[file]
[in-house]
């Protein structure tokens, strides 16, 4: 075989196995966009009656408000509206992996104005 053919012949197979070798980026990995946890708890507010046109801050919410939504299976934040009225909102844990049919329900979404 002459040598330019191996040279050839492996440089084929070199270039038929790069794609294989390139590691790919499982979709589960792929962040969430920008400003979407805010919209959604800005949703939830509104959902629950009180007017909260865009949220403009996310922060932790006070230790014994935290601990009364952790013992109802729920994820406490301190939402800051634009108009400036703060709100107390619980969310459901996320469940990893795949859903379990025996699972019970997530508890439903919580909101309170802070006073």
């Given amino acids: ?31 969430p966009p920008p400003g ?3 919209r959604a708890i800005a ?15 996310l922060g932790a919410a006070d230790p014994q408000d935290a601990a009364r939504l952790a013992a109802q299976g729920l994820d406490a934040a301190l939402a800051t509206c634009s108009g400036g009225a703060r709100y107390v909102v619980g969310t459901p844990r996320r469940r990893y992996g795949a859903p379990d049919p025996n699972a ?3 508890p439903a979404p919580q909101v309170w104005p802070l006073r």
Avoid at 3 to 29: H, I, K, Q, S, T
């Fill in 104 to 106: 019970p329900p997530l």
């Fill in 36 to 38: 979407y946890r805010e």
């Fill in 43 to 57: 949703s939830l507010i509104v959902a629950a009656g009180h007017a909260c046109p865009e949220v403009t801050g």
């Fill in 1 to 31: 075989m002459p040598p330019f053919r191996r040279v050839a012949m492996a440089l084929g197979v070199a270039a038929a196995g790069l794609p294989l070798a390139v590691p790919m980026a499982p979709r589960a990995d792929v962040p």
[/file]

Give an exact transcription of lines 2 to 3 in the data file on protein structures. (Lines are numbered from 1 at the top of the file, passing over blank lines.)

């Protein structure tokens, strides 16, 4: 075989196995966009009656408000509206992996104005 053919012949197979070798980026990995946890708890507010046109801050919410939504299976934040009225909102844990049919329900979404 002459040598330019191996040279050839492996440089084929070199270039038929790069794609294989390139590691790919499982979709589960792929962040969430920008400003979407805010919209959604800005949703939830509104959902629950009180007017909260865009949220403009996310922060932790006070230790014994935290601990009364952790013992109802729920994820406490301190939402800051634009108009400036703060709100107390619980969310459901996320469940990893795949859903379990025996699972019970997530508890439903919580909101309170802070006073």
């Given amino acids: ?31 969430p966009p920008p400003g ?3 919209r959604a708890i800005a ?15 996310l922060g932790a919410a006070d230790p014994q408000d935290a601990a009364r939504l952790a013992a109802q299976g729920l994820d406490a934040a301190l939402a800051t509206c634009s108009g400036g009225a703060r709100y107390v909102v619980g969310t459901p844990r996320r469940r990893y992996g795949a859903p379990d049919p025996n699972a ?3 508890p439903a979404p919580q909101v309170w104005p802070l006073r």